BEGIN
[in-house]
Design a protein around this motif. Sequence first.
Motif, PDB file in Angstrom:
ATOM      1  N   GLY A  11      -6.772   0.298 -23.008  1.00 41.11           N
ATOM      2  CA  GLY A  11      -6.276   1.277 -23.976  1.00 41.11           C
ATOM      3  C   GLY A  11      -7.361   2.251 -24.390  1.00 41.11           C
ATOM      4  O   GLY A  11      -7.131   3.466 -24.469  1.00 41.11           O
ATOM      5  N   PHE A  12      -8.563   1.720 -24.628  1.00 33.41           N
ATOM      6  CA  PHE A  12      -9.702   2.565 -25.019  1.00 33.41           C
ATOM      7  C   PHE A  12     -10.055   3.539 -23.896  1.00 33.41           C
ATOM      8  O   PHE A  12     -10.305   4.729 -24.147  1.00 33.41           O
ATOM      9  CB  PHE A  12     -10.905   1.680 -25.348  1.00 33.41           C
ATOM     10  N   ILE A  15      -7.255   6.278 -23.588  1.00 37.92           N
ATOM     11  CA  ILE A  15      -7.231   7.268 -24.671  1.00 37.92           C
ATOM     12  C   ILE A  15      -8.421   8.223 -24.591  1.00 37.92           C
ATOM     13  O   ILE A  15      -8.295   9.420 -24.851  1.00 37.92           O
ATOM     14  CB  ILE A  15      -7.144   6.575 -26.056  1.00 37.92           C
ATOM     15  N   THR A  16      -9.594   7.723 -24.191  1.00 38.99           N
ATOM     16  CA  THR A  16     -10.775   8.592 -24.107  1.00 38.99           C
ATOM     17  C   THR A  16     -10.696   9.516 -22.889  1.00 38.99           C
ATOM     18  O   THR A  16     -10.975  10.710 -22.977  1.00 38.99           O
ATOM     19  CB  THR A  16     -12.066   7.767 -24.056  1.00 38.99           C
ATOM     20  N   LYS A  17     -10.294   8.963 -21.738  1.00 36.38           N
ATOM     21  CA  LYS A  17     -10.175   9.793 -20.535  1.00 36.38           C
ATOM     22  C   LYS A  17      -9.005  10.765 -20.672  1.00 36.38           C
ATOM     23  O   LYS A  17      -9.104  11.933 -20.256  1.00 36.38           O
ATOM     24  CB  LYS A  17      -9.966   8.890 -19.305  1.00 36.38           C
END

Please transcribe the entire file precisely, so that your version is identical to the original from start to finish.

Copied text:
[in-house]
Design a protein around this motif. Sequence first.
Motif, PDB file in Angstrom:
ATOM      1  N   GLY A  11      -6.772   0.298 -23.008  1.00 41.11           N
ATOM      2  CA  GLY A  11      -6.276   1.277 -23.976  1.00 41.11           C
ATOM      3  C   GLY A  11      -7.361   2.251 -24.390  1.00 41.11           C
ATOM      4  O   GLY A  11      -7.131   3.466 -24.469  1.00 41.11           O
ATOM      5  N   PHE A  12      -8.563   1.720 -24.628  1.00 33.41           N
ATOM      6  CA  PHE A  12      -9.702   2.565 -25.019  1.00 33.41           C
ATOM      7  C   PHE A  12     -10.055   3.539 -23.896  1.00 33.41           C
ATOM      8  O   PHE A  12     -10.305   4.729 -24.147  1.00 33.41           O
ATOM      9  CB  PHE A  12     -10.905   1.680 -25.348  1.00 33.41           C
ATOM     10  N   ILE A  15      -7.255   6.278 -23.588  1.00 37.92           N
ATOM     11  CA  ILE A  15      -7.231   7.268 -24.671  1.00 37.92           C
ATOM     12  C   ILE A  15      -8.421   8.223 -24.591  1.00 37.92           C
ATOM     13  O   ILE A  15      -8.295   9.420 -24.851  1.00 37.92           O
ATOM     14  CB  ILE A  15      -7.144   6.575 -26.056  1.00 37.92           C
ATOM     15  N   THR A  16      -9.594   7.723 -24.191  1.00 38.99           N
ATOM     16  CA  THR A  16     -10.775   8.592 -24.107  1.00 38.99           C
ATOM     17  C   THR A  16     -10.696   9.516 -22.889  1.00 38.99           C
ATOM     18  O   THR A  16     -10.975  10.710 -22.977  1.00 38.99           O
ATOM     19  CB  THR A  16     -12.066   7.767 -24.056  1.00 38.99           C
ATOM     20  N   LYS A  17     -10.294   8.963 -21.738  1.00 36.38           N
ATOM     21  CA  LYS A  17     -10.175   9.793 -20.535  1.00 36.38           C
ATOM     22  C   LYS A  17      -9.005  10.765 -20.672  1.00 36.38           C
ATOM     23  O   LYS A  17      -9.104  11.933 -20.256  1.00 36.38           O
ATOM     24  CB  LYS A  17      -9.966   8.890 -19.305  1.00 36.38           C